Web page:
Kids’ Online Privacy Law Gets an Update

Posted by · December 20, 2012 3:19 pm
courtesy of woodleywonderworks flickr

Image courtesy of woodleywonderworks flickr

Yesterday, the Federal Trade Commission made the first considerable change to the Children’s Online Privacy Protection Act (COPPA) in almost 15 years. As of July 1st, 2013, COPPA will contain regulations to adjust how websites are allowed to gather information about their users under the age of 13. Primarily, all sites and services have to obtain parental permission to collect any information in the first place, and limits what they are allowed to collect as well.
The improvements were inspired by expanding technology that young Americans are exposed to thanks to social networks, smartphones and an increasing number of mobile devices.

The commission has been mulling over the update since 2010. Pressure from tech companies like Facebook made it difficult to push through stipulations that would hold them responsible for how children use their services. FTC Chairman Jon Leibowitz explained in the press release yesterday that before they finalized the language of the additions to the rule, they wanted to make sure they covered all the concerns of parents as well as companies that develop online sites and services.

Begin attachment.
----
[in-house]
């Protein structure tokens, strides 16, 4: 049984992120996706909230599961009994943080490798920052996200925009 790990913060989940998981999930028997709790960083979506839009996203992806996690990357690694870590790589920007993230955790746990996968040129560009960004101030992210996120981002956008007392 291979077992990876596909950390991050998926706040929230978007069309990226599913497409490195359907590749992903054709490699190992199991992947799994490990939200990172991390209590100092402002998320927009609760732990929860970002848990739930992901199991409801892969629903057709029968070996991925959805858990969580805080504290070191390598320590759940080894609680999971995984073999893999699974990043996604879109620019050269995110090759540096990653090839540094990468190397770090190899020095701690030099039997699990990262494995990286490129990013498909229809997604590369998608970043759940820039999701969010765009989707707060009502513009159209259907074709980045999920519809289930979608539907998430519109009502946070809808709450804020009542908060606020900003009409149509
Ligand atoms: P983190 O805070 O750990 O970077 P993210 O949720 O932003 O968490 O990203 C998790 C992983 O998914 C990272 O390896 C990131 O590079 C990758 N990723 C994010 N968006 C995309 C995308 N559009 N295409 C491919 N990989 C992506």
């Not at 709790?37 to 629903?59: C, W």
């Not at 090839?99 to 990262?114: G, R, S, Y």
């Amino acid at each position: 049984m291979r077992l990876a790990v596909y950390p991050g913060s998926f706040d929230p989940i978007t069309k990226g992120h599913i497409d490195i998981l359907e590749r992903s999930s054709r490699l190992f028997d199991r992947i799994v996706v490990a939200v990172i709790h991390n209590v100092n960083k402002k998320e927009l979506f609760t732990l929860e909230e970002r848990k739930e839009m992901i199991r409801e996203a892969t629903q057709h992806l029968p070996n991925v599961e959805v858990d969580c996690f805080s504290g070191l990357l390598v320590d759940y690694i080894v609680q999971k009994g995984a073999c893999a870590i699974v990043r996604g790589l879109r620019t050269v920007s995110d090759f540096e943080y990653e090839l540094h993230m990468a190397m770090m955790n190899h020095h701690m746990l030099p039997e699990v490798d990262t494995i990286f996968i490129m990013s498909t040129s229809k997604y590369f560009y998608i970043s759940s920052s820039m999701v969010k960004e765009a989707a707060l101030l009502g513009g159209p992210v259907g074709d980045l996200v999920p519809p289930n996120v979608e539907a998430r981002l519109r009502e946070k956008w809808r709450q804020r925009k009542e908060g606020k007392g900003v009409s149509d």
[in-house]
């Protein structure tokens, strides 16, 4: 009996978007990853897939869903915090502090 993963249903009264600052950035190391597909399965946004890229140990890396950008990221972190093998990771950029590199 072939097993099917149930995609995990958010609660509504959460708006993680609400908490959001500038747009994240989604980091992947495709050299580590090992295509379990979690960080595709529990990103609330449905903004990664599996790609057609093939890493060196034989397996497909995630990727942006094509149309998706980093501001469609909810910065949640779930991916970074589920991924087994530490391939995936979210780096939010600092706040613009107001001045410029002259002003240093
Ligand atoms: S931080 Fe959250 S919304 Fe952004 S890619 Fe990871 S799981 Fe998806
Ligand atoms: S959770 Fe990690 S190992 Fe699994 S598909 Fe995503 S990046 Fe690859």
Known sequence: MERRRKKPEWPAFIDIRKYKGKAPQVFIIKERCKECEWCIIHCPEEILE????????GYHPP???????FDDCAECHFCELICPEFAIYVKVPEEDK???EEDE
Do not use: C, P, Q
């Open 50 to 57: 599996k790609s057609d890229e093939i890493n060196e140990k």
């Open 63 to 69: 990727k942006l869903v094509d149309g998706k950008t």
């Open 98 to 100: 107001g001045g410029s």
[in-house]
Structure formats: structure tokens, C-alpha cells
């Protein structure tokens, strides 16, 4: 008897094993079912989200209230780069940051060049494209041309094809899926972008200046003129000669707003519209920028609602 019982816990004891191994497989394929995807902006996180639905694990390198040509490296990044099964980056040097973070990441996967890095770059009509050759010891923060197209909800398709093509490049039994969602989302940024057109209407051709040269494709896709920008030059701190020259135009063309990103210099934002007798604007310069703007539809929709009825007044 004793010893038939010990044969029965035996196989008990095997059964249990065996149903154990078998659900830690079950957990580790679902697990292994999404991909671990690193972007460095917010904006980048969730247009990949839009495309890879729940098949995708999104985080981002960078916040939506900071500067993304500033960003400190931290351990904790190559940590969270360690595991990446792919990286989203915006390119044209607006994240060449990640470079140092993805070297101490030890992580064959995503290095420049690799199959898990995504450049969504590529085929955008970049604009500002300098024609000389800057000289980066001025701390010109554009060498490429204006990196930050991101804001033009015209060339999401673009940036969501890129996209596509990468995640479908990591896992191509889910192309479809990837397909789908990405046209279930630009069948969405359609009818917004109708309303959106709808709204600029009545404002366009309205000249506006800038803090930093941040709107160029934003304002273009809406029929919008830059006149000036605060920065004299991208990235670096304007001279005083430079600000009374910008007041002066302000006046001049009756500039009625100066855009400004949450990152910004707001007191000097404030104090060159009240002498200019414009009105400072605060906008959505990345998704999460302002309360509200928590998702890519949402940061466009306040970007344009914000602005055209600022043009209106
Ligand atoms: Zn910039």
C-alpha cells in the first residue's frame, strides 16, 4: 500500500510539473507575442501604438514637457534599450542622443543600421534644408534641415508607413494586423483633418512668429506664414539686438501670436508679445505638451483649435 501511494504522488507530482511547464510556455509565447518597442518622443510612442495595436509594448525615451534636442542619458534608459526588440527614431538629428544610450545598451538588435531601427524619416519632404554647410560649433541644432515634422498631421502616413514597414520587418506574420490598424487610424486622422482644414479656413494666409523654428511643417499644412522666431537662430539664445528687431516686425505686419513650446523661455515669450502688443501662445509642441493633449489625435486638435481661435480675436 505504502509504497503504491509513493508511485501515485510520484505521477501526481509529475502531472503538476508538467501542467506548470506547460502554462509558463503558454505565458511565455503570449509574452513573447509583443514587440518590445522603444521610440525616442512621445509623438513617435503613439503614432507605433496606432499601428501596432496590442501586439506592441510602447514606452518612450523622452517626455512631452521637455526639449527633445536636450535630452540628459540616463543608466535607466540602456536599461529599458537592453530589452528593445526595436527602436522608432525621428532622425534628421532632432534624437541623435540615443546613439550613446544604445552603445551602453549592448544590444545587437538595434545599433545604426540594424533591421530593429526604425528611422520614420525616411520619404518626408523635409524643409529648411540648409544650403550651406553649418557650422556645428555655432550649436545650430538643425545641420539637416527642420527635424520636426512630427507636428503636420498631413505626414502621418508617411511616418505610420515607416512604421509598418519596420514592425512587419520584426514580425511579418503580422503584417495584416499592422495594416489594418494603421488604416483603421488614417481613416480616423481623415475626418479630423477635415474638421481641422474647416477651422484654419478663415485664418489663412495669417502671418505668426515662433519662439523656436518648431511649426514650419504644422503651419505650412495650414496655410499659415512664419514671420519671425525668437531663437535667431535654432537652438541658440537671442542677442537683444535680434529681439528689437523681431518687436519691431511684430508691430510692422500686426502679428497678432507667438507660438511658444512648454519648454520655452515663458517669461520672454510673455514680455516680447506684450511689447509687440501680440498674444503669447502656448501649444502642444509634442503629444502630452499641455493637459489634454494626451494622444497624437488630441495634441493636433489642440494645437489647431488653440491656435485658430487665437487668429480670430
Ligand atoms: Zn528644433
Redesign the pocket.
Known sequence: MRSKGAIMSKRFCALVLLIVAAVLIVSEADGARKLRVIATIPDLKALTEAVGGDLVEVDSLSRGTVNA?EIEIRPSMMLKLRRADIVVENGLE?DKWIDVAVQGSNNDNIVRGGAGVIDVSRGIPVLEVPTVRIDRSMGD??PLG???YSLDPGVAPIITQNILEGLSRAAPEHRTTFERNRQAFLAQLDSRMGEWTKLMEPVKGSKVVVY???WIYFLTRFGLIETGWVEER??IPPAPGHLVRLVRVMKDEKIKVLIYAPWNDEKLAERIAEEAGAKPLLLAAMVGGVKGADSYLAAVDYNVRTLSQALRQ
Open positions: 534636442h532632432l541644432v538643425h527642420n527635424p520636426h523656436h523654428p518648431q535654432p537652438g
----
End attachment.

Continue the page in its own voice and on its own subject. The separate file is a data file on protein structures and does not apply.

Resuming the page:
“I am confident that the amendments to the COPPA Rule strike the right balance between protecting innovation that will provide rich and engaging content for children, and ensuring that parents are informed and involved in their children’s online activities,” said Leibowitz.

The amendments to COPPA clarify the extent to which kids are protected, specifically defining personal information as location information, photos, and videos. Companies are offered an easy process for getting parental approval. There is no longer a loophole that permits third-parties to gather said info and ensures those third-parties must follow COPPA. The rule now regulates tracking browsing and other activity “over time and across different websites or online services.” It increases the standard for information protection, retention, and deletion.

Now that your kid is protected, you can use your computer (or phone, tablet, etc.) as a babysitter just like you’ve always used the TV.